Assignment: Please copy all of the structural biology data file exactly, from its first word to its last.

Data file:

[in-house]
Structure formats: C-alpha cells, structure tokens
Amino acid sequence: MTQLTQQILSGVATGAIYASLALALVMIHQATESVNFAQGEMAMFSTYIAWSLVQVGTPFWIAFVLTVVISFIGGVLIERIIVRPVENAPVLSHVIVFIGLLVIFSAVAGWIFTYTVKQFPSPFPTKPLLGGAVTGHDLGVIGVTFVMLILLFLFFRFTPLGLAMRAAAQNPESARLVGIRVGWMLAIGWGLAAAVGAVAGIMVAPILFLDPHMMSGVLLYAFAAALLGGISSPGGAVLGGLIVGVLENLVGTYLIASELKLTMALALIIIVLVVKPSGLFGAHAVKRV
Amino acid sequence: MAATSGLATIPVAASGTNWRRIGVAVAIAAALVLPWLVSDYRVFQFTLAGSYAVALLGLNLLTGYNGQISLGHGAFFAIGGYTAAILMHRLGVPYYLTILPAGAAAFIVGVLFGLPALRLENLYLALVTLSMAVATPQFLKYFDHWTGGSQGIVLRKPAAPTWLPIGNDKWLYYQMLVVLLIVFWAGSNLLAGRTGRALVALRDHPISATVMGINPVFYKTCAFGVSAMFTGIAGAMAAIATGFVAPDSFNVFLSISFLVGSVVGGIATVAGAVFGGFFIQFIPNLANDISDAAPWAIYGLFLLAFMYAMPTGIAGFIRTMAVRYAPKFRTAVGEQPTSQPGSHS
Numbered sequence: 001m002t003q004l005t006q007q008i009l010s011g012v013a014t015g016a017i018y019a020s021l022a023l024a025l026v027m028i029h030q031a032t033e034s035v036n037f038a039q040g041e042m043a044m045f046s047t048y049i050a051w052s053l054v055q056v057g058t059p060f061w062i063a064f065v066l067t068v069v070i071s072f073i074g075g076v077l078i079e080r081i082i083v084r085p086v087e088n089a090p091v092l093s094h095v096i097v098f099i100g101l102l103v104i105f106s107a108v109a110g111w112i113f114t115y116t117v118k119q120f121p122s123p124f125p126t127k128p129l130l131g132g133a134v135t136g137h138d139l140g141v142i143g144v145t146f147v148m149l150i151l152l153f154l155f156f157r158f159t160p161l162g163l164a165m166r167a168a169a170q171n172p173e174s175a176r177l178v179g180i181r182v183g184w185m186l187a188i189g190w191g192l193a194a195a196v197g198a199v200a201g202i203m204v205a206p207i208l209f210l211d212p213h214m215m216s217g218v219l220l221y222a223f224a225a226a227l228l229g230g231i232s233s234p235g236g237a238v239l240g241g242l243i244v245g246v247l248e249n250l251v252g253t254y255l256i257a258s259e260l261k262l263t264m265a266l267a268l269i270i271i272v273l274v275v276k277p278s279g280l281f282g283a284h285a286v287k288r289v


[in-house]
Structure formats: C-alpha cells, structure tokens
Amino acid sequence: MTQLTQQILSGVATGAIYASLALALVMIHQATESVNFAQGEMAMFSTYIAWSLVQVGTPFWIAFVLTVVISFIGGVLIERIIVRPVENAPVLSHVIVFIGLLVIFSAVAGWIFTYTVKQFPSPFPTKPLLGGAVTGHDLGVIGVTFVMLILLFLFFRFTPLGLAMRAAAQNPESARLVGIRVGWMLAIGWGLAAAVGAVAGIMVAPILFLDPHMMSGVLLYAFAAALLGGISSPGGAVLGGLIVGVLENLVGTYLIASELKLTMALALIIIVLVVKPSGLFGAHAVKRV
Amino acid sequence: MAATSGLATIPVAASGTNWRRIGVAVAIAAALVLPWLVSDYRVFQFTLAGSYAVALLGLNLLTGYNGQISLGHGAFFAIGGYTAAILMHRLGVPYYLTILPAGAAAFIVGVLFGLPALRLENLYLALVTLSMAVATPQFLKYFDHWTGGSQGIVLRKPAAPTWLPIGNDKWLYYQMLVVLLIVFWAGSNLLAGRTGRALVALRDHPISATVMGINPVFYKTCAFGVSAMFTGIAGAMAAIATGFVAPDSFNVFLSISFLVGSVVGGIATVAGAVFGGFFIQFIPNLANDISDAAPWAIYGLFLLAFMYAMPTGIAGFIRTMAVRYAPKFRTAVGEQPTSQPGSHS
Numbered sequence: 001m002t003q004l005t006q007q008i009l010s011g012v013a014t015g016a017i018y019a020s021l022a023l024a025l026v027m028i029h030q031a032t033e034s035v036n037f038a039q040g041e042m043a044m045f046s047t048y049i050a051w052s053l054v055q056v057g058t059p060f061w062i063a064f065v066l067t068v069v070i071s072f073i074g075g076v077l078i079e080r081i082i083v084r085p086v087e088n089a090p091v092l093s094h095v096i097v098f099i100g101l102l103v104i105f106s107a108v109a110g111w112i113f114t115y116t117v118k119q120f121p122s123p124f125p126t127k128p129l130l131g132g133a134v135t136g137h138d139l140g141v142i143g144v145t146f147v148m149l150i151l152l153f154l155f156f157r158f159t160p161l162g163l164a165m166r167a168a169a170q171n172p173e174s175a176r177l178v179g180i181r182v183g184w185m186l187a188i189g190w191g192l193a194a195a196v197g198a199v200a201g202i203m204v205a206p207i208l209f210l211d212p213h214m215m216s217g218v219l220l221y222a223f224a225a226a227l228l229g230g231i232s233s234p235g236g237a238v239l240g241g242l243i244v245g246v247l248e249n250l251v252g253t254y255l256i257a258s259e260l261k262l263t264m265a266l267a268l269i270i271i272v273l274v275v276k277p278s279g280l281f282g283a284h285a286v287k288r289v